4:58:36pm  She sticks to the cover she has, the power lines and the bare tree in the distance.
4:58:36pm  Still sticking to the wires.
4:58:36pm  Going for some altitude.
4:58:37pm And still higher.  Note that the previous 5 frames, before this one, encompass 1 second of time
4:58:39pm  In the last two seconds she has begun to gain more altitude and to circle round more toward my side of the road. 
4:58:40pm  She begins a soar.
4:58:41pm  About now is when I realize that she is going to use the tree to which I'm adjacent for her own purposes as she is about to disappear behind it.
4:58:41pm  I decide to duck around to the other side of my tree
which isn't as quick as it might be due to the understory.

4:58:46pm (She hasn't suddenly gotten this close, I've just cropped the photo for a closer look.)  5 seconds later, when I regain my view, she is in a bank.  

And it is a much brighter view of her due to her angle on the sun, the fact that she is crossing the road so she isn't in timber shade plus the exposure of her pale underside.  She limited that exposure to me by making her move when I had to go round the tree in order to keep my eye on her.
4:58:46pm  It took her only 1 second of obvious exposure to cross the road.
4:58:47pm  Then she is out of the bright light and nearly to the power lines on my side of the throughfare.  It doesn't appear that she has  taken the option of going East and into town. 
4:58:47pm Take a good look at where she is in relation to the power line.
4:58:48pm  She whips down and goes below the upper arm of the left electric pole.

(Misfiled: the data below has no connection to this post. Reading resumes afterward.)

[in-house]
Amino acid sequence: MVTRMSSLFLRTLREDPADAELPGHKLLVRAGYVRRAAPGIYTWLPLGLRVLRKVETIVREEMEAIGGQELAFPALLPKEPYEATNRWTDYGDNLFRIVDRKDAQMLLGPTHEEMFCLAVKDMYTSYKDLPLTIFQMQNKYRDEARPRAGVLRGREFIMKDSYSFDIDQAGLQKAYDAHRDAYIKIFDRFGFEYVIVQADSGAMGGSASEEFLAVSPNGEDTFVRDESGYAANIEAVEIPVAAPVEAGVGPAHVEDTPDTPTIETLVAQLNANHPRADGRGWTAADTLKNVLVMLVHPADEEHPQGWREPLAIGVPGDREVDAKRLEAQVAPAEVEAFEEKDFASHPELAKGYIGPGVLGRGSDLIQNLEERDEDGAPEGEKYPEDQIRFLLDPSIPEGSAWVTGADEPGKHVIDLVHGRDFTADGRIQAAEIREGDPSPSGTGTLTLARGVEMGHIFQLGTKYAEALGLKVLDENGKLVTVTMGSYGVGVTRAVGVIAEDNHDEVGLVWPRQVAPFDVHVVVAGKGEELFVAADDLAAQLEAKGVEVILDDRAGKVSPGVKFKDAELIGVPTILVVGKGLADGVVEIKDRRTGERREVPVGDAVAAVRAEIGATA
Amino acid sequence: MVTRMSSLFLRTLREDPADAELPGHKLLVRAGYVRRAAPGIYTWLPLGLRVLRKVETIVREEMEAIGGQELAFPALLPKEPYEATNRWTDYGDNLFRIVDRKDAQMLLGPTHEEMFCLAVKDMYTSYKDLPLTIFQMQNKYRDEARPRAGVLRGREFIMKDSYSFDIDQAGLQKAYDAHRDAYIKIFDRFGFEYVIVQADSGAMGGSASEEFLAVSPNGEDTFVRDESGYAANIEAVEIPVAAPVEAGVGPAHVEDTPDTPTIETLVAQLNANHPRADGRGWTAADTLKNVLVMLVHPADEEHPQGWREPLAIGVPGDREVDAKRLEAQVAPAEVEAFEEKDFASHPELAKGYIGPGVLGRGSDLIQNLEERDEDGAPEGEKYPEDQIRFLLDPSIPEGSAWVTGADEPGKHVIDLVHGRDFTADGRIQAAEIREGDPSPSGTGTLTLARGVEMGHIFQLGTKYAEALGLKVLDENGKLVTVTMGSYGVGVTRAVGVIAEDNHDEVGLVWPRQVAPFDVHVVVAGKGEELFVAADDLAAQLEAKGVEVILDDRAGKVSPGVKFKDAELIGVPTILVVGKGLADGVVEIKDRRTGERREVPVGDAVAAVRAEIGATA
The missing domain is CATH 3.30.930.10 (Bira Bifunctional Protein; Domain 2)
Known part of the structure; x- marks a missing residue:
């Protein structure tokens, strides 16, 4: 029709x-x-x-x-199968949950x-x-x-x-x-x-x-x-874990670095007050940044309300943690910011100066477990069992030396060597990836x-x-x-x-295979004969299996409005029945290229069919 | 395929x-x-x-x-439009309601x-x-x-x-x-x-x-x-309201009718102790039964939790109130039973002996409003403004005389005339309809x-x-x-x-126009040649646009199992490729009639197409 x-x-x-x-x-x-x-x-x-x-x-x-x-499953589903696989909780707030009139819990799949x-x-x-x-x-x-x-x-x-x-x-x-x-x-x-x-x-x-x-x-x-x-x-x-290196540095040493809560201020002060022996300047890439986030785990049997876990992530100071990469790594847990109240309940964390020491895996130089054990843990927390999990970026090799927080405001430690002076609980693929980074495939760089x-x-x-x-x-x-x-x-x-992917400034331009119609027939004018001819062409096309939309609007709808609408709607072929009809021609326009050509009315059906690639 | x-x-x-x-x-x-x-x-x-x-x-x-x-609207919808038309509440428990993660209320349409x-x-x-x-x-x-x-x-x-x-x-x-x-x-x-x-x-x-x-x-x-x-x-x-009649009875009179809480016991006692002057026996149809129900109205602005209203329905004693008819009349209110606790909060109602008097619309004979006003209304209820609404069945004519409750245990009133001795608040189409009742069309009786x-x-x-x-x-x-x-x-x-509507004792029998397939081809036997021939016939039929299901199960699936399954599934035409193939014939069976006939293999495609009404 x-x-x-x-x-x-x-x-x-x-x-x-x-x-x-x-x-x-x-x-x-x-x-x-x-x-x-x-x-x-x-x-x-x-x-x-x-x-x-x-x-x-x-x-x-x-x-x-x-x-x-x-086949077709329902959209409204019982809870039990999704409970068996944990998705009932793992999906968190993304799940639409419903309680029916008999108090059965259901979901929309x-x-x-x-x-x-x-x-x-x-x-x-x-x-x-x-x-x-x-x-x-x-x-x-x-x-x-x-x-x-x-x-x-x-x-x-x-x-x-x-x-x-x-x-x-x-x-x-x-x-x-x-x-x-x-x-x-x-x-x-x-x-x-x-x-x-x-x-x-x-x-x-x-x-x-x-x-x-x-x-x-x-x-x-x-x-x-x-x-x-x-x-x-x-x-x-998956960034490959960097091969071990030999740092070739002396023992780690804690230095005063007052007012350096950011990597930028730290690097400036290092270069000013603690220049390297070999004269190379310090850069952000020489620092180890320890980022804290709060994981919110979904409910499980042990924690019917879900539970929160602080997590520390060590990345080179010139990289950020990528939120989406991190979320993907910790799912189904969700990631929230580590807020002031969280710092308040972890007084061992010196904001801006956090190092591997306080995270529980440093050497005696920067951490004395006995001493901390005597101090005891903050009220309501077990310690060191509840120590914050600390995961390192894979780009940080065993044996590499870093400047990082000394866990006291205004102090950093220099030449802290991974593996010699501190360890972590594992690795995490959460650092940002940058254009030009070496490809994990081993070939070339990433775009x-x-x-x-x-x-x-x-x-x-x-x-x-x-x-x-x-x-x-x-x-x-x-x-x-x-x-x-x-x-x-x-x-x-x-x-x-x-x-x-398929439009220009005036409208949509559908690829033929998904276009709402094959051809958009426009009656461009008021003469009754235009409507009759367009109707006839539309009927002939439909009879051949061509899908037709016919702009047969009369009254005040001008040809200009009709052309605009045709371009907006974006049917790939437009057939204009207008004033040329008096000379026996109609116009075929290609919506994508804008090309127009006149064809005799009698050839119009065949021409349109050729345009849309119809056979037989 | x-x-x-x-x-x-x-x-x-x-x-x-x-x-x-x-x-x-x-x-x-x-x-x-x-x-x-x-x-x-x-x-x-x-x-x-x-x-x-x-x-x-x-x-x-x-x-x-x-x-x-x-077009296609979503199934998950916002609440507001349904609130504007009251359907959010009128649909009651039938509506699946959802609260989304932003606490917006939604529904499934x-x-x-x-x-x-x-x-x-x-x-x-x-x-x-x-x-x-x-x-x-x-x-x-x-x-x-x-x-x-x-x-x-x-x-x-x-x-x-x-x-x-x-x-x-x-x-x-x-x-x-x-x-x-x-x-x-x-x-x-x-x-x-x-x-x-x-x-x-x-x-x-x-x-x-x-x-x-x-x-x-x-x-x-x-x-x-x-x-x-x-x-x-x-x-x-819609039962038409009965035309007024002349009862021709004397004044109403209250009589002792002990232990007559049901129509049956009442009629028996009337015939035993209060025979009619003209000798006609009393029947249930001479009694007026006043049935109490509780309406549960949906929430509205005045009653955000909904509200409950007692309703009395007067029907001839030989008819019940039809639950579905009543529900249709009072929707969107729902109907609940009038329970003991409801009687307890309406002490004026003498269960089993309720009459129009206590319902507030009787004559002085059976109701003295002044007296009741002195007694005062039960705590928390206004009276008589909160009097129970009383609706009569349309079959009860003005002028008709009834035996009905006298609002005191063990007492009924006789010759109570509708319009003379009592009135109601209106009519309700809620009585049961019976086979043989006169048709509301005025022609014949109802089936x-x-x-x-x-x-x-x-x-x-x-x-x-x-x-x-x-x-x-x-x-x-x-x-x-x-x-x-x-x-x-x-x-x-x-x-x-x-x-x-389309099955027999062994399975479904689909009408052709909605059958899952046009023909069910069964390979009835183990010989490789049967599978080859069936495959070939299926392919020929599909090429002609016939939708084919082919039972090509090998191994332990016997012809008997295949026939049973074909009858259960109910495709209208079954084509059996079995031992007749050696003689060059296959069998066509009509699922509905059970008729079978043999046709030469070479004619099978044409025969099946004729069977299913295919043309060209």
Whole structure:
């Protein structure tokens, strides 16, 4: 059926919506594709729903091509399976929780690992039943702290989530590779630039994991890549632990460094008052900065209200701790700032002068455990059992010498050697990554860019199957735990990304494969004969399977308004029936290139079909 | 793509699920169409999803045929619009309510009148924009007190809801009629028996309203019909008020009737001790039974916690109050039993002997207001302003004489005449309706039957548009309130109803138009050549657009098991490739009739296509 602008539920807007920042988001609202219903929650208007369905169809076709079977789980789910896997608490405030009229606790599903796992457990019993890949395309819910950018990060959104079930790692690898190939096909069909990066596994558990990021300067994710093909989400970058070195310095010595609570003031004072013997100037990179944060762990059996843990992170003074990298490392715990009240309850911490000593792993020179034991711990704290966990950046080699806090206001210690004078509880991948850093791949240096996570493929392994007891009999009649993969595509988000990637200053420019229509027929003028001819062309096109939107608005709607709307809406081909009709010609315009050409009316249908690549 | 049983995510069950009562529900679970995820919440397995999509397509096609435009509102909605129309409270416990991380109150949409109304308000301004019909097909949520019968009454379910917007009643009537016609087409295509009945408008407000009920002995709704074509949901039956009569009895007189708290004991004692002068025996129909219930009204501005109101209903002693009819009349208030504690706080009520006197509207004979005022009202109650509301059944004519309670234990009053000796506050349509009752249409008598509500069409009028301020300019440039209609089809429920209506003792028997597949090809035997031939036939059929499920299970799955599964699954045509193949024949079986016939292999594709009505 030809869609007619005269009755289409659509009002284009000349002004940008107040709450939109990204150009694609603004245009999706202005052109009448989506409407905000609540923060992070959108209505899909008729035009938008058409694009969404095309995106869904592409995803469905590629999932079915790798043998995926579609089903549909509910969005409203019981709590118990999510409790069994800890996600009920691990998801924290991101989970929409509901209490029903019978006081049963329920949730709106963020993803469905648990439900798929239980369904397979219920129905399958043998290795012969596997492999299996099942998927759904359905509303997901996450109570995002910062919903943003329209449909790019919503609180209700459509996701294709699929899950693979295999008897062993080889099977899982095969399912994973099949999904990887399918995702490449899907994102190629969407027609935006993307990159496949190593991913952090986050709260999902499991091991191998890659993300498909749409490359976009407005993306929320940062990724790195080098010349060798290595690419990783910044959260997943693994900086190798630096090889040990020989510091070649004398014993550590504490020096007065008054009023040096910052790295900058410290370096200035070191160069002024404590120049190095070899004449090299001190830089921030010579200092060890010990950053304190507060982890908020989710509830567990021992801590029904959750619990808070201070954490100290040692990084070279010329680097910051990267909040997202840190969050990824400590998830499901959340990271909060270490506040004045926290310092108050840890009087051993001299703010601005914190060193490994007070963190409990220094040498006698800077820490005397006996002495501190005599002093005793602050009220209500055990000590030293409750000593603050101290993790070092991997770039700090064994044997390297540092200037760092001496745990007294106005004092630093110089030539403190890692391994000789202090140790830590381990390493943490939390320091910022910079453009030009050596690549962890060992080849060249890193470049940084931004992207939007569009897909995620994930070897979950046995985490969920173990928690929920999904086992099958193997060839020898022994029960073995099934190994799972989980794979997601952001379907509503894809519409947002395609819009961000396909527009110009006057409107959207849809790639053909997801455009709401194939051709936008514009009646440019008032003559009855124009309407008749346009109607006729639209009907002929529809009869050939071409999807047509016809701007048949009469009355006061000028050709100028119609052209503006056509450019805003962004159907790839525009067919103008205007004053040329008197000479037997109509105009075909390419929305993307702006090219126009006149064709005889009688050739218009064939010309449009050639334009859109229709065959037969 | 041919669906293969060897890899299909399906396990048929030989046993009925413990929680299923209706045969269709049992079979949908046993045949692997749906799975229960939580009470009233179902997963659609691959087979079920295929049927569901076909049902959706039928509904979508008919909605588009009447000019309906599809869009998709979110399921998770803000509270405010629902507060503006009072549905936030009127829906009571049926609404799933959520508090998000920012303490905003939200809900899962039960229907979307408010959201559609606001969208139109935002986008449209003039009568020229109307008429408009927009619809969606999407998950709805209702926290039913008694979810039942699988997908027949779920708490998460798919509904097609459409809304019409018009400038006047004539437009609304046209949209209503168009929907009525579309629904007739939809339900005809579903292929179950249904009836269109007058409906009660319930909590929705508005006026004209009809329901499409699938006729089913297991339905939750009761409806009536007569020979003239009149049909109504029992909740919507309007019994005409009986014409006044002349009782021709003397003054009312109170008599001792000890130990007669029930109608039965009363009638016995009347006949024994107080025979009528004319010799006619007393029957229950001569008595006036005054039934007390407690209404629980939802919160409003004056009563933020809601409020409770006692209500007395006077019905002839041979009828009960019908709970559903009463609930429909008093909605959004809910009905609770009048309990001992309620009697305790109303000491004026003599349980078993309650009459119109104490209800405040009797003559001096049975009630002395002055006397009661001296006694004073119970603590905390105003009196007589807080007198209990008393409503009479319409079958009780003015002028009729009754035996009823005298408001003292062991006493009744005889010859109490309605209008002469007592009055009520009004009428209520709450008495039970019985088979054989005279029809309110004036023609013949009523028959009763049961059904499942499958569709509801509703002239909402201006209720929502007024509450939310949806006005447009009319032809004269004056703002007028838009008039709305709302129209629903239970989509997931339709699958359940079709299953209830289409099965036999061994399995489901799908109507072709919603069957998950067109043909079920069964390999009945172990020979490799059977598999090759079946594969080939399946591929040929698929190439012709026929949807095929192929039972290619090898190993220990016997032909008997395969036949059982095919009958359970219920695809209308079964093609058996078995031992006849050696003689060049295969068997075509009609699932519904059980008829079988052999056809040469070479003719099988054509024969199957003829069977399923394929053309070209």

4:58:49 And heads for the trees.
4:58:49pm This is a crop of the previous picture. Look at her focus.  And her wings are in a similar position to a downbeat of  wings while flying but she is holding that pose.  She doesn't bring them up.
4:58:49pm  She's into the tree and now the wings look bowed.
4:58:49pm  And a crop for clarity.
4:58:49pm  Her wings are now almost completely up.  Still hustling through the tree.
 4:58:49pm  Can you see where she is?
 4:58:49 pm  Crop.  Can you see her now?   I take the brown patch beneath the branch to be her left wing.  Up and right there are feather tips.  Her tail?

4:58:50 And she's out in the golden light.  Traversing through the tree took her less than a second as well.
      She appears to be looking down.

4:58:51pm She begins to bank right and down.

4:58:52pm And suddenly she is in the tree,  makes a quick turn, apparently goes out the back and well...she's gone.  

From the time she originally turned, looked down at me from her perch near the Mill Race, and I looked back up at her, 4:57:21 pm,  and 4:48:52pm when she just ditched me by zipping out the other side of a tree,  was all of 1 minute 31 seconds.  

She completely blew me off in less than 2 minutes. 

Look back at all the tactics she used against me in that 1 minute and 31 seconds.  This bird is savvy.   In fact she's rather a jewel.  


Well... being that back in the day,  the Sugar River and the Mill Race had so many mollusks living in them (they still do), that there was a thriving industry in the making of mother of pearl buttons, perhaps we'll just call the hawk, Pearl.

And if Pearl turns out to be a tiercel, which he may, I just looked at his skull shape in the "looking at each other" photo, we'll still call him Pearl.

Happy Hawking!

Donegal Browne

P.S.  Quicksilver the African Grey Parrot appears to have given up a small amount of his attachment for the chest of drawers and has taken a liking to the old dance, "The Bunny Hop". He's begun whistling it and bobbing his head in time.

Why?  So far he isn't saying.